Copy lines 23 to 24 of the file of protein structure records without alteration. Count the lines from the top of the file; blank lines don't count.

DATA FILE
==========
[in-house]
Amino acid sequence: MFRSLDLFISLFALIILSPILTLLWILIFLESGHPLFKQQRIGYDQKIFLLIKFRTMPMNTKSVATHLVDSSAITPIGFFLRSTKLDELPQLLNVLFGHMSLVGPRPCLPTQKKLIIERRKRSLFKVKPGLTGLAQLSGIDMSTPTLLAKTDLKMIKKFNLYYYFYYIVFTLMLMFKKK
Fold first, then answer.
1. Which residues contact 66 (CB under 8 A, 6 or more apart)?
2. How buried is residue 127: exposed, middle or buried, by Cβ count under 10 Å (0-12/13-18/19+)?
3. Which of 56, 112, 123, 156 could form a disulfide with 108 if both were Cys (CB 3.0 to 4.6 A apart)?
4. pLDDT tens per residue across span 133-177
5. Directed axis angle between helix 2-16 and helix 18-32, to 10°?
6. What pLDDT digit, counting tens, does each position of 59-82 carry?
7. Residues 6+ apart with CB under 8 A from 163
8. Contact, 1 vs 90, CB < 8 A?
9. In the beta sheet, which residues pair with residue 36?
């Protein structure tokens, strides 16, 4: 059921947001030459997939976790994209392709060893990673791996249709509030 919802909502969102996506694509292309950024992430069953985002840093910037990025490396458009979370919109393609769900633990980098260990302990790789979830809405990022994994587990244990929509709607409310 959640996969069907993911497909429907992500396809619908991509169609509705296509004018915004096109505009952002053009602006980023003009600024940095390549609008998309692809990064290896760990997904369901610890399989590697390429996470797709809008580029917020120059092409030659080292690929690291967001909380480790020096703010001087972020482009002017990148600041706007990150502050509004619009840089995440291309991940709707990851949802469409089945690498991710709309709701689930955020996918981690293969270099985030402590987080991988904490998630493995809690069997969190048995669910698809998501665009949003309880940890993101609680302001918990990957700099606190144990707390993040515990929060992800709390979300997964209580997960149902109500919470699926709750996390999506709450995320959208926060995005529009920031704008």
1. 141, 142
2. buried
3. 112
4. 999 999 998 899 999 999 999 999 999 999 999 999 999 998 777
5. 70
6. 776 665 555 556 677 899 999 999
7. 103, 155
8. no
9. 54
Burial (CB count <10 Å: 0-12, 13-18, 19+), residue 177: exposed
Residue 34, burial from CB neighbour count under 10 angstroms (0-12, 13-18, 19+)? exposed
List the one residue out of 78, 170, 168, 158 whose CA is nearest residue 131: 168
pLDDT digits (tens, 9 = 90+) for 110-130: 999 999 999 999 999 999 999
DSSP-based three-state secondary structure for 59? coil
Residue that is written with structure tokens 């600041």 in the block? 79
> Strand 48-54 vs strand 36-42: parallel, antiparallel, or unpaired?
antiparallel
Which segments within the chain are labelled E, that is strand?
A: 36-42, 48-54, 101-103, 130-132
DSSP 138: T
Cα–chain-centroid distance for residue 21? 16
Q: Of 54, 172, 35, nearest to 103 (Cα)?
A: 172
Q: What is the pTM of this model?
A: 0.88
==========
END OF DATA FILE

Burial (CB count <10 Å: 0-12, 13-18, 19+), residue 177: exposed
Residue 34, burial from CB neighbour count under 10 angstroms (0-12, 13-18, 19+)? exposed